"Pluripotent stem cells represent a vital step in translating genomic understanding into medical treatments," said Professor Sir Mike Stratton, Director of the Sanger Institute. "We are delighted to bring our expertise to this exciting new initiative, which fits very well with our already established programmes in cellular differentiation."

The Hub will be led by the Universities of Sheffield, Loughborough and Cambridge and builds on existing capabilities within MRC and EPSRC Centres and the UK Stem Cell Bank. It will collaborate with the Wellcome Trust Sanger Institute and Babraham Institute and will complement the work of the existing UKRMP research Hubs.

"The pluripotency hub brings together for the first time in the UK, researchers with the range of expertise necessary to develop the processes needed to take these cells from laboratory-based research to the commercial manufacture of safe, effective and reproducible products for use in regenerative medicine." said Professor Peter Andrews, from the Centre for Stem Cell Biology at the University of Sheffield.

Notes to Editors

The Medical Research Council

The Medical Research Council has been at the forefront of scientific discovery to improve human health. Founded in 1913 to tackle tuberculosis, the MRC now invests taxpayers' money in some of the best medical research in the world across every area of health. MRC-funded scientists tackle some of the greatest health problems facing humanity in the 21st century, from the rising tide of chronic diseases associated with ageing to the threats posed by rapidly mutating micro-organisms.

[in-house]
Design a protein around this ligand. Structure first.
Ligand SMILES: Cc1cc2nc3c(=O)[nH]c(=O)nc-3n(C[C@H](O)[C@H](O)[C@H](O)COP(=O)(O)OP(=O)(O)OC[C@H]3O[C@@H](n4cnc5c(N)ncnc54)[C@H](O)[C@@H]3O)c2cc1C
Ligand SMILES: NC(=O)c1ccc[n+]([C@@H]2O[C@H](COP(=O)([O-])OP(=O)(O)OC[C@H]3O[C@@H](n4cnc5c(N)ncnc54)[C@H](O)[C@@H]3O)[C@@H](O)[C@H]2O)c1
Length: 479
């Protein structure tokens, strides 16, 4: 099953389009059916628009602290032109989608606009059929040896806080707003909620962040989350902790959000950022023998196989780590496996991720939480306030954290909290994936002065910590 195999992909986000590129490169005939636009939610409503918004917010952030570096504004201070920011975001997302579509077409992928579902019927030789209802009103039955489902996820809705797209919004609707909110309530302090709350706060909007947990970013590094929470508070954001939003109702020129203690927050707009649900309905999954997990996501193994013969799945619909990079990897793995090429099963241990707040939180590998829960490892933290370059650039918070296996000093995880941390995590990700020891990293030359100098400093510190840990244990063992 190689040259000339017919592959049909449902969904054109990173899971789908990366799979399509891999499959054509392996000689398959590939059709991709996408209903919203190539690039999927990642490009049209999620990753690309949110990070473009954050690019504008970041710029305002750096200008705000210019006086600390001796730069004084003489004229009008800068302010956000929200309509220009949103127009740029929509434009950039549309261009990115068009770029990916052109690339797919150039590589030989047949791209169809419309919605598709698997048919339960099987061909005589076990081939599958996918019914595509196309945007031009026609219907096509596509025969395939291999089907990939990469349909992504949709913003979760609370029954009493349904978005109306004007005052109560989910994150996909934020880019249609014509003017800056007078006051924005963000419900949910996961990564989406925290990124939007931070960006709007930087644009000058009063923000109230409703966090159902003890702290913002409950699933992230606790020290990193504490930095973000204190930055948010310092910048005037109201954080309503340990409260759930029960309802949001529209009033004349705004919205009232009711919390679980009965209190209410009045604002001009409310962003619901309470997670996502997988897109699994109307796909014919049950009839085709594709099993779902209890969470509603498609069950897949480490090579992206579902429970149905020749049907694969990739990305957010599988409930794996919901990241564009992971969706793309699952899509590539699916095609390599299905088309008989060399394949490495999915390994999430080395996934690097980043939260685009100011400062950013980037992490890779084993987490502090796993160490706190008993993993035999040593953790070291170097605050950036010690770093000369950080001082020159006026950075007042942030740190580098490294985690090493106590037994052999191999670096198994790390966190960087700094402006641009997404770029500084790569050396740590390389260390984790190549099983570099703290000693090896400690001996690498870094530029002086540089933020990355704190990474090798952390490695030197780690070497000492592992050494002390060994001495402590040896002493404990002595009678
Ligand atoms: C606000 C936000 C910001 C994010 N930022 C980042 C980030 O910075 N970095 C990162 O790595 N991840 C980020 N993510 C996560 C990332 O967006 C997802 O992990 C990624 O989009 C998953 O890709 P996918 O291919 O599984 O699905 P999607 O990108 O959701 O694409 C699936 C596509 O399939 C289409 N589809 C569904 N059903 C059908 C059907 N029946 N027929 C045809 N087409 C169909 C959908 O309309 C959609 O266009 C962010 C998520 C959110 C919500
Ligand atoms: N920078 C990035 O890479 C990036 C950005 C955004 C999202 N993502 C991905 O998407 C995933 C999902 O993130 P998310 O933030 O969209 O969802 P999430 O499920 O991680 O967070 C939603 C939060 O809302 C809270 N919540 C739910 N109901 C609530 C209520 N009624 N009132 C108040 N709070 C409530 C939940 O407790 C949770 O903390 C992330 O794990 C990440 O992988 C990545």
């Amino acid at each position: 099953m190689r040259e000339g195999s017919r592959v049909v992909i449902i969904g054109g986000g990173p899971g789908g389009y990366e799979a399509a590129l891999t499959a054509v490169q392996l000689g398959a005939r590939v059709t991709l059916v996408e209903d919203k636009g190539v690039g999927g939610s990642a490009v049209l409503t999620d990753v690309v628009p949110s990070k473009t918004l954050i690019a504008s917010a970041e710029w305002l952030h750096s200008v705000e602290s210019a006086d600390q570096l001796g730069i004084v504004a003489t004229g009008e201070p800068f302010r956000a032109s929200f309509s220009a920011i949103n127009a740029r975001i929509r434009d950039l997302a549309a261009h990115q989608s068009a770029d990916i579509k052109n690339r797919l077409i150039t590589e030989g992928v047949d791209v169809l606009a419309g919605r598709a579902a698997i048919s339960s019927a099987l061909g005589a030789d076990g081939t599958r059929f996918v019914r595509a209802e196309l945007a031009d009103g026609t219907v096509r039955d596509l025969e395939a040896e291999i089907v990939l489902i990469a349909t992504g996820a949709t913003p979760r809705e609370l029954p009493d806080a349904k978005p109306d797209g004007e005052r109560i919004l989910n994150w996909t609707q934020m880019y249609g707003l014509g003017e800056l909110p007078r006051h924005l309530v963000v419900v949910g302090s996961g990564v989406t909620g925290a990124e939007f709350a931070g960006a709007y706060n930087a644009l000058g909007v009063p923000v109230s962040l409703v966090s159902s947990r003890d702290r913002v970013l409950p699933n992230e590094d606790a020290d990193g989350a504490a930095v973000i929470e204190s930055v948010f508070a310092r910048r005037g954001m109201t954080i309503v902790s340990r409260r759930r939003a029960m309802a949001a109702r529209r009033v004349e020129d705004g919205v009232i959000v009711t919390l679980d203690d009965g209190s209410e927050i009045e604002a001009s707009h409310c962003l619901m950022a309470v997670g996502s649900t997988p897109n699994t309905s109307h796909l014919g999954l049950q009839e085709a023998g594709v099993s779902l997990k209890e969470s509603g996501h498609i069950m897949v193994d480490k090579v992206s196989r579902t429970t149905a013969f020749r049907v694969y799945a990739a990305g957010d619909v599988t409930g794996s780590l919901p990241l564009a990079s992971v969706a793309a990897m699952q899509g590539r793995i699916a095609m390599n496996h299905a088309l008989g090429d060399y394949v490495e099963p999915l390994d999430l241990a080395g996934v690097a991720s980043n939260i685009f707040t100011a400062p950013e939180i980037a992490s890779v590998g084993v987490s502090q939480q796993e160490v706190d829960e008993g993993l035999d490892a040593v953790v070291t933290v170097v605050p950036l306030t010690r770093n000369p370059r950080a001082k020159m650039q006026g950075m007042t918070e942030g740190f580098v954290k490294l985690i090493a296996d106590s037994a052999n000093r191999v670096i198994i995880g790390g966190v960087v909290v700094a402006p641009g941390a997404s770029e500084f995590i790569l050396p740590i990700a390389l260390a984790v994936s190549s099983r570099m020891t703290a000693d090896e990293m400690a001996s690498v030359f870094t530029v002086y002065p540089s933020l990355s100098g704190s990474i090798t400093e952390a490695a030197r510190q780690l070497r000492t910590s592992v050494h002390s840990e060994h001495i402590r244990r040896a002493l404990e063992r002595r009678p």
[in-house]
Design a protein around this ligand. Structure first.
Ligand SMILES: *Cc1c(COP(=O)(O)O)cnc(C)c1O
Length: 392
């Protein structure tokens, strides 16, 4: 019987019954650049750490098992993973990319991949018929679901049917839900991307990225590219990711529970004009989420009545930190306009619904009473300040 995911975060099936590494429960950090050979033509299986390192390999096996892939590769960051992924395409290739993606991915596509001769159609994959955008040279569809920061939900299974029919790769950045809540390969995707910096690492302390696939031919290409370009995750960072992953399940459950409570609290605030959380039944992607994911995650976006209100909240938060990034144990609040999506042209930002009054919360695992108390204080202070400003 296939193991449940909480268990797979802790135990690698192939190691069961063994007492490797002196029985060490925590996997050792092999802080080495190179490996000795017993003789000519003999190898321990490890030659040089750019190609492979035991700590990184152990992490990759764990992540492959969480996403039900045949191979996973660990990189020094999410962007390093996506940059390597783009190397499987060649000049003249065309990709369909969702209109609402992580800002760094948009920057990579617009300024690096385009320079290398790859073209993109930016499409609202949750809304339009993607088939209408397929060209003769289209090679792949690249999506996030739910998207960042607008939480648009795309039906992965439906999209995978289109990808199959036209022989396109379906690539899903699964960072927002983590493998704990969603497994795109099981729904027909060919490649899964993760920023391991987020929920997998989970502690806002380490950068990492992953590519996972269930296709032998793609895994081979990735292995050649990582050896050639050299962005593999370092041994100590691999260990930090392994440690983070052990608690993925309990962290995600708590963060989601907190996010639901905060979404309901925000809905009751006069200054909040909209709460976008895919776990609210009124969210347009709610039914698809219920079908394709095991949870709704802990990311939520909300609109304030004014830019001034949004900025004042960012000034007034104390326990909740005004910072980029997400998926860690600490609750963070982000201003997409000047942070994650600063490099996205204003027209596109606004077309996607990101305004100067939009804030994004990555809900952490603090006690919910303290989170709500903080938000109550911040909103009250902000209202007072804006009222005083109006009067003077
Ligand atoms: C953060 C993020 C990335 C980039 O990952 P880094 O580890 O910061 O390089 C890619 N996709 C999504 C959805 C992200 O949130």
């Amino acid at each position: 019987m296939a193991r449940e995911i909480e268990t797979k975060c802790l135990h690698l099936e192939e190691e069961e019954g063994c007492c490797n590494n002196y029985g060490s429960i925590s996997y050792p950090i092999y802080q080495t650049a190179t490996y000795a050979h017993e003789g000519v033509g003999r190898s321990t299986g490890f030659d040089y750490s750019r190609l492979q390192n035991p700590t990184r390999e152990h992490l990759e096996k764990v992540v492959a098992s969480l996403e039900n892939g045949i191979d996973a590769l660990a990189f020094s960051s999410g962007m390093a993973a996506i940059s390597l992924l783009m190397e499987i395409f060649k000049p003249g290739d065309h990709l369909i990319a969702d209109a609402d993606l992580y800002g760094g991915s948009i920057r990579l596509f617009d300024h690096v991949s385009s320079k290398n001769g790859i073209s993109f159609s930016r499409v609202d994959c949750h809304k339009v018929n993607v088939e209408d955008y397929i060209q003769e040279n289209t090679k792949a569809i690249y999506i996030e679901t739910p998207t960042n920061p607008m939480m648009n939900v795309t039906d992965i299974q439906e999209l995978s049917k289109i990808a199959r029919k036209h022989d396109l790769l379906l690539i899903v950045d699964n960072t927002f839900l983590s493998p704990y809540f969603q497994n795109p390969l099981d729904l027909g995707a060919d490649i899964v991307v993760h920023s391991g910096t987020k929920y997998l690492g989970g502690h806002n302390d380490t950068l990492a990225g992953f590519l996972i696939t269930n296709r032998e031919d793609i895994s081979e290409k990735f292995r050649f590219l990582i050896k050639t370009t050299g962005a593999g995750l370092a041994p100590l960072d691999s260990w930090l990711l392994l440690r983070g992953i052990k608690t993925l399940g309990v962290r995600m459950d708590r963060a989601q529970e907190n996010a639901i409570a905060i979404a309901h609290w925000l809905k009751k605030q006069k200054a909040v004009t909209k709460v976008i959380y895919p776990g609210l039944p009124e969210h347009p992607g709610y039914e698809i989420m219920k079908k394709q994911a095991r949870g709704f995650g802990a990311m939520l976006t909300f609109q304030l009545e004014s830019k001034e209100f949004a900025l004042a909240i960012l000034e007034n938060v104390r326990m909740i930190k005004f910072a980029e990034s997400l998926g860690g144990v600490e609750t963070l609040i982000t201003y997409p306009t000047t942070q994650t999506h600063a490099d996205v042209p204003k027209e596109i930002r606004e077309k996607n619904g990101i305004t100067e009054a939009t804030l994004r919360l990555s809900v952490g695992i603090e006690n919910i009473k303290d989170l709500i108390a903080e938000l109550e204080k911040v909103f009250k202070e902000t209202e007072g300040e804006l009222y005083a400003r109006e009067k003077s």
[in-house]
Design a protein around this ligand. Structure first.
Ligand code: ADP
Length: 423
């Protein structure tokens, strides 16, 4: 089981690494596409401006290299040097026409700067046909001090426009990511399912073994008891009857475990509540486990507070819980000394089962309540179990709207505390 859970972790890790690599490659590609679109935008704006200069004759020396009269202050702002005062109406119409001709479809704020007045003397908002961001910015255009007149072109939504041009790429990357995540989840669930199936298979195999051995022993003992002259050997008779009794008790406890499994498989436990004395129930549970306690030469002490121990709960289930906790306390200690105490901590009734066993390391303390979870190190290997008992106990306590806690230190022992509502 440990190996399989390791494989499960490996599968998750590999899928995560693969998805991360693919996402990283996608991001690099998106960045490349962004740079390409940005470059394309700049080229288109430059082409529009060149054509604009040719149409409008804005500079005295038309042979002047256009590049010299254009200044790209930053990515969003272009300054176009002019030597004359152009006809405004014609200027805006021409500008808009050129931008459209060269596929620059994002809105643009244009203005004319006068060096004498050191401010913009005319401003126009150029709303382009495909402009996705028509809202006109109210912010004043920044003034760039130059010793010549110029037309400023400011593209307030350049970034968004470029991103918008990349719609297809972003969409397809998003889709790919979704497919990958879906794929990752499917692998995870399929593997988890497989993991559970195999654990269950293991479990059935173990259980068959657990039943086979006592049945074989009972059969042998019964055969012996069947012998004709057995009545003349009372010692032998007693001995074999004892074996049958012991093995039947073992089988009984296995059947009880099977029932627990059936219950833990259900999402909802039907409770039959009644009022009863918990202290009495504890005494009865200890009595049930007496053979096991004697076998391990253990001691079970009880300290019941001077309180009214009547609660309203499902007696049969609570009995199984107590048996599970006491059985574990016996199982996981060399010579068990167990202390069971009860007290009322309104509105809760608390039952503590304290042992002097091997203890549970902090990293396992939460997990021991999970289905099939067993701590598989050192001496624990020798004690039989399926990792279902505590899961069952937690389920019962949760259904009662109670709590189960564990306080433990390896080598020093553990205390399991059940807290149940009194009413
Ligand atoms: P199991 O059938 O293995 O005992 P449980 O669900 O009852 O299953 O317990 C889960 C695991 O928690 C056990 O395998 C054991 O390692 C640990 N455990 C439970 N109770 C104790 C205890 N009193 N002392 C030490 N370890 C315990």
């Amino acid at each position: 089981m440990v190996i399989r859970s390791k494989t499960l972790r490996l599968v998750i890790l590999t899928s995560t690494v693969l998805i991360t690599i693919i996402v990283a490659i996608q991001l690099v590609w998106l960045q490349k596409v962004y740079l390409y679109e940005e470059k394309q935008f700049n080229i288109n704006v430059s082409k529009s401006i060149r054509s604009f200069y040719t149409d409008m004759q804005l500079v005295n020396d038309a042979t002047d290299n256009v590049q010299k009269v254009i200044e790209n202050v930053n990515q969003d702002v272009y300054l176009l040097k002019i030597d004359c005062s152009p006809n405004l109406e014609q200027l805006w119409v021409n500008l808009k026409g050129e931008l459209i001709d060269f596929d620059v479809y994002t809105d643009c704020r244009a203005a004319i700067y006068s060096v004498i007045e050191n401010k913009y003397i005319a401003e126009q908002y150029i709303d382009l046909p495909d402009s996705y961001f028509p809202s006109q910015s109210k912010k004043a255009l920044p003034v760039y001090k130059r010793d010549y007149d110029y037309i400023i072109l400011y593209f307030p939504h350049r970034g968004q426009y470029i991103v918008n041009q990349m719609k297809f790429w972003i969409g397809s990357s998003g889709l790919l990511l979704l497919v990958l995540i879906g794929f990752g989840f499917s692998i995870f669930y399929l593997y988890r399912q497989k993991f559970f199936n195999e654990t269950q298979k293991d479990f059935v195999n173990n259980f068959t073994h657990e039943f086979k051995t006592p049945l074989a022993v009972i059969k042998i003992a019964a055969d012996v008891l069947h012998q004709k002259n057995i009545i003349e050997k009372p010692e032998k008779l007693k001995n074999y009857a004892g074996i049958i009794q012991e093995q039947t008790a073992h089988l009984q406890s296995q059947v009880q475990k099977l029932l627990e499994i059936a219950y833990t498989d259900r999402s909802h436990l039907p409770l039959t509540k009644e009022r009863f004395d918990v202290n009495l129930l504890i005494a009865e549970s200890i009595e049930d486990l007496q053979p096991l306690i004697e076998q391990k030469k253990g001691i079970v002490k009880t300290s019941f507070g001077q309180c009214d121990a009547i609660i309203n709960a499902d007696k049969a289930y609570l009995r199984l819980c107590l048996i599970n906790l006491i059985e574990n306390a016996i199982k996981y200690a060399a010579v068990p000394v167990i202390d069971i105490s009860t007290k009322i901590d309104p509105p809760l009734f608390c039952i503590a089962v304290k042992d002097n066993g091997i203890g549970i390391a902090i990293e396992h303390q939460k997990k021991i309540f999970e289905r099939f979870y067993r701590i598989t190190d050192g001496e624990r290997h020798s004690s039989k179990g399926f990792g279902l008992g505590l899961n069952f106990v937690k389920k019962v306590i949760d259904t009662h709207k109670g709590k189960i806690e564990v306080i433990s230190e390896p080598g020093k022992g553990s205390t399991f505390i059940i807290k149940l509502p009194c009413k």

University of Sheffield

A member of the Russell Group, the University of Sheffield has a reputation for world-class teaching and research excellence across a wide range of disciplines. The University of Sheffield has been named University of the Year in the Times Higher Education Awards 2011 for its exceptional performance in research, teaching, access and business performance. In addition, the University has won four Queen's Anniversary Prizes (1998, 2000, 2002, 2007), recognising the outstanding contribution by universities and colleges to the United Kingdom's intellectual, economic, cultural and social life.


The Wellcome Trust Sanger Institute

The Wellcome Trust Sanger Institute is one of the world's leading genome centres. Through its ability to conduct research at scale, it is able to engage in bold and long-term exploratory projects that are designed to influence and empower medical science globally. Institute research findings, generated through its own research programmes and through its leading role in international consortia, are being used to develop new diagnostics and treatments for human disease.


The Wellcome Trust

The Wellcome Trust is a global charitable foundation dedicated to achieving extraordinary improvements in human and animal health. We support the brightest minds in biomedical research and the medical humanities. Our breadth of support includes public engagement, education and the application of research to improve health. We are independent of both political and commercial interests.